Thoughts On: The Man in the High Castle

the-man-in-the-high-castle

Since I’m easing into the method of sporadic posts, that are usually unrelated, I thought I’d jump away from the bigger pictures to focus on some more specific thoughts I’ve been having as of recent. I suppose the first thing that came to mind was this book: The Man in the High Castle, by Phillip K. Dick. For those of you who are a fan of science fiction you’ve most probably heard of him. But for those who haven’t, Dick is one of the most renowned sci-fi authors from the twentieth century. Most – if not all – of his books have had a huge influence on succeeding authors in the genre, as well as figures within other aspects of the artistic medium, such as television and music.

Now the reason I focused more on this particular book more than Dick himself is because I actually haven’t read most of his work, and to make a thought on him as a whole based on the few books from him that I’ve read, seems a tad misguided. But from his work I found The Man in the High Castle resonated the most with me.

The thing that I think interested me in this title was its premise of alternate history. Before this book I had always personally been interested in history and – even more – the concept of alternate historical scenarios. It started off young with computer strategy games: like Creative Assembly’s Total War series, or Bohemia Interactive’s Operation Flashpoint: Cold War Crisis. Apart from them being enjoyable, the premise of history being changed because of the events you partook in through the game really sparked some interesting concepts. Later on I would go on to discover some of the books from Harry Turtledove, specifically Opening Atlantis  and Ruled Britannia, which further developed on the concepts of changed history and how it would affect the lives and narrative of this different world.

However, once I had read The Man in the High Castle, I discovered something profound about the book. And that was Dick’s ability to make his strange world seem so alien, yet at the same time as real as one could get it. This book went beyond the concept of what if? It put you within the mundane lives of its citizens, it put you in a personal circle of characters that you could care about – even though deep down you knew you’re weren’t supposed to sympathise. There’s this immense shifting in tone that occurs both physically and meta-physically within the book, that leaves you torn and lost; the entire premise, the climax of the concept – this alternate universe – it doesn’t actually matter. You read along with multiple narratives from characters of varied backgrounds, and it’s their perspective that is made to feel important, despite the fact that you as the reader are focusing on the ghastly yet infinitely intriguing concept of an Axis ruled world. I feel like the book portrays a message of infinite possibility without meaning, and to accept the placement of one’s self within that structure; this may be the reason for the book heavily featuring the I Ching, a Chinese text on cosmological philosophy that one uses in conjunction with a hexagram to randomly produce a guiding path. The idea of an alternate history in which an unspeakable enemy were the victors, could be the reason it’s used with this concept, as it provides an exemplary setting in which we must come to understand that which we normally wouldn’t. And I think that is a deeply profound way of thinking, and a masterful way of executing this thinking on the author’s part.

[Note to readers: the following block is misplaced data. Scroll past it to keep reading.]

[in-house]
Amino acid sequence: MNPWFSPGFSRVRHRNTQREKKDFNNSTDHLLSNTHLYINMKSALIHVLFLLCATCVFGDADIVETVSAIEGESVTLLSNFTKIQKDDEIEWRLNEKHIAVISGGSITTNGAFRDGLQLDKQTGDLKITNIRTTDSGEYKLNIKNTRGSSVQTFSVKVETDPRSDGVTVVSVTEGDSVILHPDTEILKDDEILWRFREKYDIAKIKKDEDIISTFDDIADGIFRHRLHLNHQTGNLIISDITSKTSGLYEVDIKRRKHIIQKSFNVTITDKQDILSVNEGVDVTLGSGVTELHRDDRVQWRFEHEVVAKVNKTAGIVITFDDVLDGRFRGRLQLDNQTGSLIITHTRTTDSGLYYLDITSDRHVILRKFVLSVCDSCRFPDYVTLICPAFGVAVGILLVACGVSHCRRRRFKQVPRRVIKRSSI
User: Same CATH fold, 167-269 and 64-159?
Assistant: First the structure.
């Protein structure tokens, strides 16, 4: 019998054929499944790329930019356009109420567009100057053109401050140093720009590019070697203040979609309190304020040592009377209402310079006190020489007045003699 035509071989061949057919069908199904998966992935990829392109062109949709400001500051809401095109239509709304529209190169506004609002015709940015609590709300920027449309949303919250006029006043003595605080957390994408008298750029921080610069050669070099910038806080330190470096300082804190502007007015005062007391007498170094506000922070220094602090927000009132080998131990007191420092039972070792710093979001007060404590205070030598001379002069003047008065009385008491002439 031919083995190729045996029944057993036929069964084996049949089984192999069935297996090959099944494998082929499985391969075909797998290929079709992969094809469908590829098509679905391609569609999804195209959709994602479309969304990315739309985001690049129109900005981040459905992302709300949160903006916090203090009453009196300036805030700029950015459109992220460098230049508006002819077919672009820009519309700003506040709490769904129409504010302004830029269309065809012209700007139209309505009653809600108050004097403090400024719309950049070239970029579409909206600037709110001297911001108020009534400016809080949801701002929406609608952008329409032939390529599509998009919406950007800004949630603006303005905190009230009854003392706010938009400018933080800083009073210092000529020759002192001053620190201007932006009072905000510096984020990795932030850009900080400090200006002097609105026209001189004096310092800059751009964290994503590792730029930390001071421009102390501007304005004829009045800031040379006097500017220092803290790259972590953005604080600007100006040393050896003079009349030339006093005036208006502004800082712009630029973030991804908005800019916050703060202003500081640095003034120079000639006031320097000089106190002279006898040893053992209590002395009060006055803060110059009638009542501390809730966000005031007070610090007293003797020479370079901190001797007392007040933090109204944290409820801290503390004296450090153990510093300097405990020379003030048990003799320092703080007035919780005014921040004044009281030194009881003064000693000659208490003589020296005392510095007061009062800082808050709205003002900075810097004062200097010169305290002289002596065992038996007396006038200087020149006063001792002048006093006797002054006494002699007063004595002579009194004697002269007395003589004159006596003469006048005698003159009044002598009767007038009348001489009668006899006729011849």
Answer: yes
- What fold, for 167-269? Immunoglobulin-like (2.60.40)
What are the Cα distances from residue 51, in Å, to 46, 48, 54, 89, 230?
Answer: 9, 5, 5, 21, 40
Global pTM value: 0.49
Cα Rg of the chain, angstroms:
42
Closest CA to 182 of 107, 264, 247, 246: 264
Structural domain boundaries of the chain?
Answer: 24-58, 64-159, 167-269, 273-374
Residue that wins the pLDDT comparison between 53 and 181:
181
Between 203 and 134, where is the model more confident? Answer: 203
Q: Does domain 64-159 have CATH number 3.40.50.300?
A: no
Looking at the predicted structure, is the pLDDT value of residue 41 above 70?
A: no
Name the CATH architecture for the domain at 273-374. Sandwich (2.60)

So, if you find the time to spare and you’re looking for a more intellectually stimulating novel to burn through, I highly suggest this book. Despite my most probable incoherent rambling, the actual book is relatively easy to read: the prose is simple and the size of the book is relatively short. It’s the overall idea rather than any numerous themes that lend to a powerful concept, and that idea is what makes The Man in the High Castle one of my personal all-time favourite novels.

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